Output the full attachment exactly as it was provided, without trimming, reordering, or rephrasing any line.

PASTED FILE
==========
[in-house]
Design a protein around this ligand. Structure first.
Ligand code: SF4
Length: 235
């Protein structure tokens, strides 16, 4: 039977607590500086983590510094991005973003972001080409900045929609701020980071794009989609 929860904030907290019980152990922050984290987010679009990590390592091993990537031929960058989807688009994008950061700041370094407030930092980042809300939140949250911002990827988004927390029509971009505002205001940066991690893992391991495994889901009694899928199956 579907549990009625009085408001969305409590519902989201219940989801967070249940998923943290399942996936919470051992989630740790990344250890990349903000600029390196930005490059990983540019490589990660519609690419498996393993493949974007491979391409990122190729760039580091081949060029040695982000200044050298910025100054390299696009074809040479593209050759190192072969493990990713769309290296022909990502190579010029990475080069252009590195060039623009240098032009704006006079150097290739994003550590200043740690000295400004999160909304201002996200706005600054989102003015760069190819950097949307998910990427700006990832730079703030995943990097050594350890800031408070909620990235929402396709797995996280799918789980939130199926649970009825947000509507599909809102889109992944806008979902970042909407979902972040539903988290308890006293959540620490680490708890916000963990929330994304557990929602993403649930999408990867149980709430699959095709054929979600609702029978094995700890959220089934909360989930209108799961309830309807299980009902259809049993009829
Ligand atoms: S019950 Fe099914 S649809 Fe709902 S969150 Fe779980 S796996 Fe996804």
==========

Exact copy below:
[in-house]
Design a protein around this ligand. Structure first.
Ligand code: SF4
Length: 235
């Protein structure tokens, strides 16, 4: 039977607590500086983590510094991005973003972001080409900045929609701020980071794009989609 929860904030907290019980152990922050984290987010679009990590390592091993990537031929960058989807688009994008950061700041370094407030930092980042809300939140949250911002990827988004927390029509971009505002205001940066991690893992391991495994889901009694899928199956 579907549990009625009085408001969305409590519902989201219940989801967070249940998923943290399942996936919470051992989630740790990344250890990349903000600029390196930005490059990983540019490589990660519609690419498996393993493949974007491979391409990122190729760039580091081949060029040695982000200044050298910025100054390299696009074809040479593209050759190192072969493990990713769309290296022909990502190579010029990475080069252009590195060039623009240098032009704006006079150097290739994003550590200043740690000295400004999160909304201002996200706005600054989102003015760069190819950097949307998910990427700006990832730079703030995943990097050594350890800031408070909620990235929402396709797995996280799918789980939130199926649970009825947000509507599909809102889109992944806008979902970042909407979902972040539903988290308890006293959540620490680490708890916000963990929330994304557990929602993403649930999408990867149980709430699959095709054929979600609702029978094995700890959220089934909360989930209108799961309830309807299980009902259809049993009829
Ligand atoms: S019950 Fe099914 S649809 Fe709902 S969150 Fe779980 S796996 Fe996804």